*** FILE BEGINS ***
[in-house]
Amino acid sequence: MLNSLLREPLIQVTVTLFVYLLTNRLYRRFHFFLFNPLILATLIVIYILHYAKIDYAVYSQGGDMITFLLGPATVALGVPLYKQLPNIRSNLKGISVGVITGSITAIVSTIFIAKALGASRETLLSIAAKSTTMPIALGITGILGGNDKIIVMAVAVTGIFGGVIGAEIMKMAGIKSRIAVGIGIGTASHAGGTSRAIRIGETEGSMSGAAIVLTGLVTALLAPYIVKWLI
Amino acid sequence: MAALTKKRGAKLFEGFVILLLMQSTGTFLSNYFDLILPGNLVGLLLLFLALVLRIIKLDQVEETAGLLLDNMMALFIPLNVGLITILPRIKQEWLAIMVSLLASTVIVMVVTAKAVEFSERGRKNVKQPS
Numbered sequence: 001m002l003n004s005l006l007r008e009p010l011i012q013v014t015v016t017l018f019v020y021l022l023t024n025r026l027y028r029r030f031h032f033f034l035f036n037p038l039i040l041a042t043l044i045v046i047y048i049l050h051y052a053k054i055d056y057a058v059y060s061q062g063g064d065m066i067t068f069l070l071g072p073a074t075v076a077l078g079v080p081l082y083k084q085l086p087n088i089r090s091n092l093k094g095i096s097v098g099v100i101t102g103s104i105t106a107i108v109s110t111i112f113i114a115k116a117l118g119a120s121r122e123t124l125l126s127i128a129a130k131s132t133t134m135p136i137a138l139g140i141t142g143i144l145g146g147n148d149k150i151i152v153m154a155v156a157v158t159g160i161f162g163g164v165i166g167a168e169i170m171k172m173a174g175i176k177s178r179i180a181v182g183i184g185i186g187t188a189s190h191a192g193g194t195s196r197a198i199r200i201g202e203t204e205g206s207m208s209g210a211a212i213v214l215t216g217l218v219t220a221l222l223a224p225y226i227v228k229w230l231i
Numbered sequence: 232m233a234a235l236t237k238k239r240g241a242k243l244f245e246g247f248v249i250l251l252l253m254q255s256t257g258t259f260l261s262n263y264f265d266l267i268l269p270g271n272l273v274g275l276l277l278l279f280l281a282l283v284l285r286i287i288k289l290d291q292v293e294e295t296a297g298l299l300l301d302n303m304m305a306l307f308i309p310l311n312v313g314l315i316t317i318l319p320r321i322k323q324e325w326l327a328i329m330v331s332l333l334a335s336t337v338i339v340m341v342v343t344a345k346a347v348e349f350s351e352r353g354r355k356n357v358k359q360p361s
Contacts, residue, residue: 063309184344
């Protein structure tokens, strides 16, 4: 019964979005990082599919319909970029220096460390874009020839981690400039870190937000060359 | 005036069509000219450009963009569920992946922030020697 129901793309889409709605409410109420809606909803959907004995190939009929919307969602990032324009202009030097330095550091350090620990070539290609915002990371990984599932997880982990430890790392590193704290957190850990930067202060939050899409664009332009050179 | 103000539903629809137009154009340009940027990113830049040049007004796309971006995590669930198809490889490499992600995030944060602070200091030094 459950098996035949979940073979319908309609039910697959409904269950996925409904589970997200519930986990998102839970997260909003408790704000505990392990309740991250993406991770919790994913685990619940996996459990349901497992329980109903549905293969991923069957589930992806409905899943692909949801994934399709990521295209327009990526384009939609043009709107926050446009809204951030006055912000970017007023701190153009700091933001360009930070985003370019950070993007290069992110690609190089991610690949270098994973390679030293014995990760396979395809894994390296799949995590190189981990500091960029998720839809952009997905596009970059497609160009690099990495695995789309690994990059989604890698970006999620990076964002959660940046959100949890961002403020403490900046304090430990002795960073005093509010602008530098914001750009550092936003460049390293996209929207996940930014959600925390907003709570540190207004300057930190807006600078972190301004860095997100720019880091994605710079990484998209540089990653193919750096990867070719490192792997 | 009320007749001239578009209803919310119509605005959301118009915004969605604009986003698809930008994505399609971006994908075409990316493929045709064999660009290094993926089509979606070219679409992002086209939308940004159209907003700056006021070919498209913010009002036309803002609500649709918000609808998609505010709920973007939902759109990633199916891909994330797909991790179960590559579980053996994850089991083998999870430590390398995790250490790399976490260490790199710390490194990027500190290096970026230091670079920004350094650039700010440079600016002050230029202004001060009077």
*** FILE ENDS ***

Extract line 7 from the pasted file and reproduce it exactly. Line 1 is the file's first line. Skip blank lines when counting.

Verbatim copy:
């Protein structure tokens, strides 16, 4: 019964979005990082599919319909970029220096460390874009020839981690400039870190937000060359 | 005036069509000219450009963009569920992946922030020697 129901793309889409709605409410109420809606909803959907004995190939009929919307969602990032324009202009030097330095550091350090620990070539290609915002990371990984599932997880982990430890790392590193704290957190850990930067202060939050899409664009332009050179 | 103000539903629809137009154009340009940027990113830049040049007004796309971006995590669930198809490889490499992600995030944060602070200091030094 459950098996035949979940073979319908309609039910697959409904269950996925409904589970997200519930986990998102839970997260909003408790704000505990392990309740991250993406991770919790994913685990619940996996459990349901497992329980109903549905293969991923069957589930992806409905899943692909949801994934399709990521295209327009990526384009939609043009709107926050446009809204951030006055912000970017007023701190153009700091933001360009930070985003370019950070993007290069992110690609190089991610690949270098994973390679030293014995990760396979395809894994390296799949995590190189981990500091960029998720839809952009997905596009970059497609160009690099990495695995789309690994990059989604890698970006999620990076964002959660940046959100949890961002403020403490900046304090430990002795960073005093509010602008530098914001750009550092936003460049390293996209929207996940930014959600925390907003709570540190207004300057930190807006600078972190301004860095997100720019880091994605710079990484998209540089990653193919750096990867070719490192792997 | 009320007749001239578009209803919310119509605005959301118009915004969605604009986003698809930008994505399609971006994908075409990316493929045709064999660009290094993926089509979606070219679409992002086209939308940004159209907003700056006021070919498209913010009002036309803002609500649709918000609808998609505010709920973007939902759109990633199916891909994330797909991790179960590559579980053996994850089991083998999870430590390398995790250490790399976490260490790199710390490194990027500190290096970026230091670079920004350094650039700010440079600016002050230029202004001060009077």